Germany Approves Renewable Energy Reforms in Effort to Mitigate Costs
The German government announced sweeping reforms of the country’s renewable energy policy on April 8, 2014. The draft law maintains aggressive targets; however, renewable energy will now be subject to annual caps and competitive bidding beginning in 2017. The change comes as German consumers are experiencing significant increases in the cost of power resulting from renewable energy incentives.
- German energy prices are among the highest in Europe, rising every year since 2000
- The draft law plans to increase renewable sources from approximately 25% of electricity production today to 40%–45% by 2025 and to 55%–60% by 2035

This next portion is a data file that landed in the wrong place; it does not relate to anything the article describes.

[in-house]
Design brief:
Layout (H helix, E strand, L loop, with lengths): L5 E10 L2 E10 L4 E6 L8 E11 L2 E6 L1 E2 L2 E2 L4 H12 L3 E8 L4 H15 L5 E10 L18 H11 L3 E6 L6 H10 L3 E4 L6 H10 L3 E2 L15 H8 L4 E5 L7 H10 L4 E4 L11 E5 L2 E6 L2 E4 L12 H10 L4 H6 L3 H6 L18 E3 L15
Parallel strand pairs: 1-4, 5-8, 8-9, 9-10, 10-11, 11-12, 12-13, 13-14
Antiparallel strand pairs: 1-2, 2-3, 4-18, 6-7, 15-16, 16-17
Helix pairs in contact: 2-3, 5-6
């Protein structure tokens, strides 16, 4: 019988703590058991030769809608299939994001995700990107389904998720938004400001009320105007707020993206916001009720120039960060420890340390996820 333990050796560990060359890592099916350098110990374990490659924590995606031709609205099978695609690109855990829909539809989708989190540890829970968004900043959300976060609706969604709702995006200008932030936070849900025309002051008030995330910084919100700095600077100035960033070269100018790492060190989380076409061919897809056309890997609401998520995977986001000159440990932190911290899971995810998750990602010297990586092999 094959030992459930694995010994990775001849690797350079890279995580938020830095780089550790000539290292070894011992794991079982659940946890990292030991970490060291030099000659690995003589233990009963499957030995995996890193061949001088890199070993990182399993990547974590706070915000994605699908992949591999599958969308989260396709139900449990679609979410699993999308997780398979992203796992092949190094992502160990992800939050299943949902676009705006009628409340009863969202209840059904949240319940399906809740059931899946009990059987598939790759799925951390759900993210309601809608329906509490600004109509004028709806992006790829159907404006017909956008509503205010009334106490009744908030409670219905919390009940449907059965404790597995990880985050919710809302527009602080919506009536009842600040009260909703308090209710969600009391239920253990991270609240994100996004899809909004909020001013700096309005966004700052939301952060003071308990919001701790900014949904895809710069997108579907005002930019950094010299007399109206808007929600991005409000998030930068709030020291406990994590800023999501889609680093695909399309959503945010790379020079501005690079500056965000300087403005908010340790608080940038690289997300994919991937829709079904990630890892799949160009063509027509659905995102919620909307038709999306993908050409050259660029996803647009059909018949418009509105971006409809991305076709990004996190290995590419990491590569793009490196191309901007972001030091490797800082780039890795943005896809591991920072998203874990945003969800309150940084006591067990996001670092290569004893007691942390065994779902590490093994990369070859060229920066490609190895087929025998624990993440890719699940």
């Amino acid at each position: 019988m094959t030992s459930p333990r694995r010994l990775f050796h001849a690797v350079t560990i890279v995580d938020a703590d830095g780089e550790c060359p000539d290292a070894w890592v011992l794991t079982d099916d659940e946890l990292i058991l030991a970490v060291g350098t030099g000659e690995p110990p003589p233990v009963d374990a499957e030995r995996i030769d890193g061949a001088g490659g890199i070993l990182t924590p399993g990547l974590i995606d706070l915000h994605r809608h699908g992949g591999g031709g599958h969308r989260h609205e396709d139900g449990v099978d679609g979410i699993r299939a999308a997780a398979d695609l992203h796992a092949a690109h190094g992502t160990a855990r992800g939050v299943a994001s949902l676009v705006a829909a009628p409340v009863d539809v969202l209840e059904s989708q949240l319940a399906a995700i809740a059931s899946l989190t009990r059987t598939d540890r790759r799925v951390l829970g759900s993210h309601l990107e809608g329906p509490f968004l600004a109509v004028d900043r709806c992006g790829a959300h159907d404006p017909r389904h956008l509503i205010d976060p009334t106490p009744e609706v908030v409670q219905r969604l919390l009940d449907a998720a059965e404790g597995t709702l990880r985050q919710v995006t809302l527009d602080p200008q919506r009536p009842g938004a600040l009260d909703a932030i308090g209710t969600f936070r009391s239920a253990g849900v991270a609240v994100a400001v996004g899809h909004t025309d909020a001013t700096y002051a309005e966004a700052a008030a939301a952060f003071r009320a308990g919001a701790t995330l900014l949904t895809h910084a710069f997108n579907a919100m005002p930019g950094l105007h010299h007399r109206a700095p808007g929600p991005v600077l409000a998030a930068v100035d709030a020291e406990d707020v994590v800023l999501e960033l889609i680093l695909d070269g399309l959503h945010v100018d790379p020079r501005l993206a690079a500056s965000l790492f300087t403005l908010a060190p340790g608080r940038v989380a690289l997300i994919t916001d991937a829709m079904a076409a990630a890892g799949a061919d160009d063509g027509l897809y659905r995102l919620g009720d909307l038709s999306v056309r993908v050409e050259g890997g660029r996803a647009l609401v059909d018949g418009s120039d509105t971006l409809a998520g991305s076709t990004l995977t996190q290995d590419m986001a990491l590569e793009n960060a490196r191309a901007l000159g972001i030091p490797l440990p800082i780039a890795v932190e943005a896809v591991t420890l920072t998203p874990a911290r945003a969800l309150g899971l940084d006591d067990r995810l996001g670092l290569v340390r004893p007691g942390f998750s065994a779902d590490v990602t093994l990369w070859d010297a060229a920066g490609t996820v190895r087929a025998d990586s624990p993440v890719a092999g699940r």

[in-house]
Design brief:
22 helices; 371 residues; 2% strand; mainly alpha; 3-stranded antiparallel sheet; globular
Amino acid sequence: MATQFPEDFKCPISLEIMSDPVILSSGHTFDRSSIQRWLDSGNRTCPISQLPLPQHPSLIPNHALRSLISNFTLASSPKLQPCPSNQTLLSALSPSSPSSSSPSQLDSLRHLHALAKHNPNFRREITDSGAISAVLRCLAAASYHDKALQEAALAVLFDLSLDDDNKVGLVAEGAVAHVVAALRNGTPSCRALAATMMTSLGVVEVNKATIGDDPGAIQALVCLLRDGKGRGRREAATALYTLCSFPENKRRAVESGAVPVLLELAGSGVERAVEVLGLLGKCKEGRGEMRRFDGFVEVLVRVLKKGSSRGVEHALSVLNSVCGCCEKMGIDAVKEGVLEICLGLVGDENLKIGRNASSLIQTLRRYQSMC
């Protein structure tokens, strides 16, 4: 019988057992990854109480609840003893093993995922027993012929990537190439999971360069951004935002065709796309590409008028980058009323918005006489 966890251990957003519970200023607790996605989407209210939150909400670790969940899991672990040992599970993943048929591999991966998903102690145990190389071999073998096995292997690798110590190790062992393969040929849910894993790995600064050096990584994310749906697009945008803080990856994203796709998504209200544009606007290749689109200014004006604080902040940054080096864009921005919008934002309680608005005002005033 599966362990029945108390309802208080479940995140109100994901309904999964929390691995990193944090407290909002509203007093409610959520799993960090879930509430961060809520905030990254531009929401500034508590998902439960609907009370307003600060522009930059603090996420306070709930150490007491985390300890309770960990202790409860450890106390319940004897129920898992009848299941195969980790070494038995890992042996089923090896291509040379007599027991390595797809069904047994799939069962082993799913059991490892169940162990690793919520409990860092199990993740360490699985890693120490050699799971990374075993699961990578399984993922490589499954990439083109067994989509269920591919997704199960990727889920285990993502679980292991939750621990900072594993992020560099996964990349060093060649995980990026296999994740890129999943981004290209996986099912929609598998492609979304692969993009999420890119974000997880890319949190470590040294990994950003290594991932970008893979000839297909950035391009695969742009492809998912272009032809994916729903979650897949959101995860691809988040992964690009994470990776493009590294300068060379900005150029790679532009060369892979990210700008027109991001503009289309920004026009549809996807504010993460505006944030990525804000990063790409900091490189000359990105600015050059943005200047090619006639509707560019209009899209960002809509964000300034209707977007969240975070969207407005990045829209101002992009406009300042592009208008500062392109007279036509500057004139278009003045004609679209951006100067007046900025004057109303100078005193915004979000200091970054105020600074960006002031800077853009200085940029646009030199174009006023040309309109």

- Beginning in 2017, premiums for renewable energy projects over 100 kW will be determined by competitive bidding instead of statutory feed-in tariffs
- To ensure measured growth, support for renewable additions will be capped at 2.5 GW of wind and solar each year and 6.5 GW of offshore wind by 2020
- The German parliament is expected to vote and approve the reforms before August
Germany is a dynamic testing ground for renewable energy policy, integration, and business models. The recent course correction in policy was necessary to slow ballooning costs of renewable energy feed-in tariffs, which pay a set price for the expected lifetime of a renewable system.
This report is part of the Clean Tech & Sustainability Minute series. To view all featured Minutes, please click here.
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